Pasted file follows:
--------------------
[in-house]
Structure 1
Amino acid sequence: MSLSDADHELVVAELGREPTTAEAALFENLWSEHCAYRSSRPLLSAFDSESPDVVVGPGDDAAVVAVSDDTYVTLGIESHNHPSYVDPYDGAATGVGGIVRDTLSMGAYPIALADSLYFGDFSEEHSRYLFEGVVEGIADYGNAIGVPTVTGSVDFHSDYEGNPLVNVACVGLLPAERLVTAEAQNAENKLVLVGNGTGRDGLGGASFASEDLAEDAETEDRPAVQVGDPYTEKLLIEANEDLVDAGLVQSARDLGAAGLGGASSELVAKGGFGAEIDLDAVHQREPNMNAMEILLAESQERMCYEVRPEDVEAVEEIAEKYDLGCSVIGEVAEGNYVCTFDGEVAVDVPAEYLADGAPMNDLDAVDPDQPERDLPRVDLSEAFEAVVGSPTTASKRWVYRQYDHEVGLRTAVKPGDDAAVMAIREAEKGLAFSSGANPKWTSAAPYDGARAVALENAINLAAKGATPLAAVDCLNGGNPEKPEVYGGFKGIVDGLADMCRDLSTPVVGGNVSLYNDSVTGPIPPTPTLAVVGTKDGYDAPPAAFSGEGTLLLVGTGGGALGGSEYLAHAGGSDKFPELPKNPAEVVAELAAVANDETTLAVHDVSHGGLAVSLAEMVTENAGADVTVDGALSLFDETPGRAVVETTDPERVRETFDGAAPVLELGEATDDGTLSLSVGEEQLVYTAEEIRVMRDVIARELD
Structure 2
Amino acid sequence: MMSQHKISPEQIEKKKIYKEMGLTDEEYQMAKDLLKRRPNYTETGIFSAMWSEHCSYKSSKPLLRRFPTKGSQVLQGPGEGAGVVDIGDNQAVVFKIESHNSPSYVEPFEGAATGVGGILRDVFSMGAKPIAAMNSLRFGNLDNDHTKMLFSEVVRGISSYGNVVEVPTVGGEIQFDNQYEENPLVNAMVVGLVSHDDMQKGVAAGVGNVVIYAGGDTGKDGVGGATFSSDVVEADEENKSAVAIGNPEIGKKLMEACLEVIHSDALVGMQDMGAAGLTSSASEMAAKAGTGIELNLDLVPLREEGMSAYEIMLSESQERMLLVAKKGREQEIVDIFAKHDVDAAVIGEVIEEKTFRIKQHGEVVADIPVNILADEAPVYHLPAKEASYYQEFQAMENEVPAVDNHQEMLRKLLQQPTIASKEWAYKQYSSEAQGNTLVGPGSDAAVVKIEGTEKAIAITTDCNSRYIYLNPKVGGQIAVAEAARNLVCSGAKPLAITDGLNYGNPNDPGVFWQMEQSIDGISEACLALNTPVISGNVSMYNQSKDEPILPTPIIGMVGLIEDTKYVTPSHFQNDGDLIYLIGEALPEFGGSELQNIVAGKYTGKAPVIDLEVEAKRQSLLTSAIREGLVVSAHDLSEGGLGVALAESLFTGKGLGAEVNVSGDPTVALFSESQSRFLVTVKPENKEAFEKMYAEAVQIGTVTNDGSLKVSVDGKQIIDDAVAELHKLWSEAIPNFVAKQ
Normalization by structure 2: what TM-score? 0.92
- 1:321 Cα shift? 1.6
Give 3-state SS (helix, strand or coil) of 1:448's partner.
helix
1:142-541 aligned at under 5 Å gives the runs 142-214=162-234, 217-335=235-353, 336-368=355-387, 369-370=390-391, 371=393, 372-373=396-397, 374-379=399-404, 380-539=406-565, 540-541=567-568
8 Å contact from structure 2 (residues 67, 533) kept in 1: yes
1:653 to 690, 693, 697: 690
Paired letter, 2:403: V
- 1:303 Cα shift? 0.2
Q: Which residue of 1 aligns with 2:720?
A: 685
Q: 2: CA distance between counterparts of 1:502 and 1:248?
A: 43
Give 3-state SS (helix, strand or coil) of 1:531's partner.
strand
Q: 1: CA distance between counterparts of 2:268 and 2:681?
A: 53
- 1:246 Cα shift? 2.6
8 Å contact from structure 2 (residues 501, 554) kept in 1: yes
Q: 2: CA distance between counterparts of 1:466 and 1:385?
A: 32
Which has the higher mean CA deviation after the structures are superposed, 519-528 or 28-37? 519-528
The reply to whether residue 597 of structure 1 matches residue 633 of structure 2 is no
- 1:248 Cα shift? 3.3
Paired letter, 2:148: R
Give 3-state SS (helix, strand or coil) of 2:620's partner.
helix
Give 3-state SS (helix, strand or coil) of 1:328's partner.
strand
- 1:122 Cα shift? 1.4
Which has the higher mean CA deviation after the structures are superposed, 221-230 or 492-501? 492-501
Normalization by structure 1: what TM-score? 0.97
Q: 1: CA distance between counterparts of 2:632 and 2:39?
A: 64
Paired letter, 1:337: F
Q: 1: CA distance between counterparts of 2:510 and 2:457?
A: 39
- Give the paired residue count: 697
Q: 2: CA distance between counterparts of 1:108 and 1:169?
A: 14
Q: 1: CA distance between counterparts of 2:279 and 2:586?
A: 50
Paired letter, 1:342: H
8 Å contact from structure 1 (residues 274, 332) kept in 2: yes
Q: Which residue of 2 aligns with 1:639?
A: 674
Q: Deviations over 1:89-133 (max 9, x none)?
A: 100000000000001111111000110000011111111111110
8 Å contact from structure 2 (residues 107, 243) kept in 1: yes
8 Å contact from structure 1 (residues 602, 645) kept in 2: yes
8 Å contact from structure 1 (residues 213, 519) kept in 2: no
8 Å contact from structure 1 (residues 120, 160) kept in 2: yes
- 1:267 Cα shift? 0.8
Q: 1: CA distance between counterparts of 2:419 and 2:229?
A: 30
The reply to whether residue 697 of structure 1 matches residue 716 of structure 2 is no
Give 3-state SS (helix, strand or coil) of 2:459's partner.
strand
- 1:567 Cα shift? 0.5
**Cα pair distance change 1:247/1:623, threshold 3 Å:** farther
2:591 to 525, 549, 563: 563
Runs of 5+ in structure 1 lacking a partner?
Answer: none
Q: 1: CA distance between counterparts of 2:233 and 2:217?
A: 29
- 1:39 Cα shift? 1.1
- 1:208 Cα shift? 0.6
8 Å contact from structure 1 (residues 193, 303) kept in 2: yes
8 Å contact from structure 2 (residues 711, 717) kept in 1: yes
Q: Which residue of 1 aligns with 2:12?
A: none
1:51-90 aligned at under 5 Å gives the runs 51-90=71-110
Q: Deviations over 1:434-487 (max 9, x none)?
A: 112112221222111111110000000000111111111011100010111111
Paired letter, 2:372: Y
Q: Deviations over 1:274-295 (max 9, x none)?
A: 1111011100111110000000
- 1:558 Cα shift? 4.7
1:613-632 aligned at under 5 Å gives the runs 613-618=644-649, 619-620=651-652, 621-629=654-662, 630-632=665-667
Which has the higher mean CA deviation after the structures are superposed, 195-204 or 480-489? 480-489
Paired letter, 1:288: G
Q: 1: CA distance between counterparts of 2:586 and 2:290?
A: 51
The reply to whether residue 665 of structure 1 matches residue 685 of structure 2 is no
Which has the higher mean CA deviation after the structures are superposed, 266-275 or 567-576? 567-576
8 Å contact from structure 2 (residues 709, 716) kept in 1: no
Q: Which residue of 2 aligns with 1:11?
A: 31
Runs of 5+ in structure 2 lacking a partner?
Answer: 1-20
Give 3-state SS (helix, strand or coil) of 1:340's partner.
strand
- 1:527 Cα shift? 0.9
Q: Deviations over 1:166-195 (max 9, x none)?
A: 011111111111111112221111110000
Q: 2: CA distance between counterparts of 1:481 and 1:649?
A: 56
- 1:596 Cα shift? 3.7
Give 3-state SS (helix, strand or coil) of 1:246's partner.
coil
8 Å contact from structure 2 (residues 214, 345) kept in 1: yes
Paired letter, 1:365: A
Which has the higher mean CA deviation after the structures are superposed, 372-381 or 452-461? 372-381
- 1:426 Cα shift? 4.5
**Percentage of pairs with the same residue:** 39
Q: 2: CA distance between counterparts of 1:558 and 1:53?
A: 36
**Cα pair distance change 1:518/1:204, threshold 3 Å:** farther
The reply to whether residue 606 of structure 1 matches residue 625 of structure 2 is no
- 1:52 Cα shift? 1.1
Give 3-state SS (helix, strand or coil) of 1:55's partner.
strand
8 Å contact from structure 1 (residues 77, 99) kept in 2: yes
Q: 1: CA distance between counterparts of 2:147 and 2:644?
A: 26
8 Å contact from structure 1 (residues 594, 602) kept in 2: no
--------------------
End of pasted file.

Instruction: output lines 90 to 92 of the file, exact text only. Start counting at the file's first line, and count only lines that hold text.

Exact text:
Which has the higher mean CA deviation after the structures are superposed, 266-275 or 567-576? 567-576
8 Å contact from structure 2 (residues 709, 716) kept in 1: no
Q: Which residue of 2 aligns with 1:11?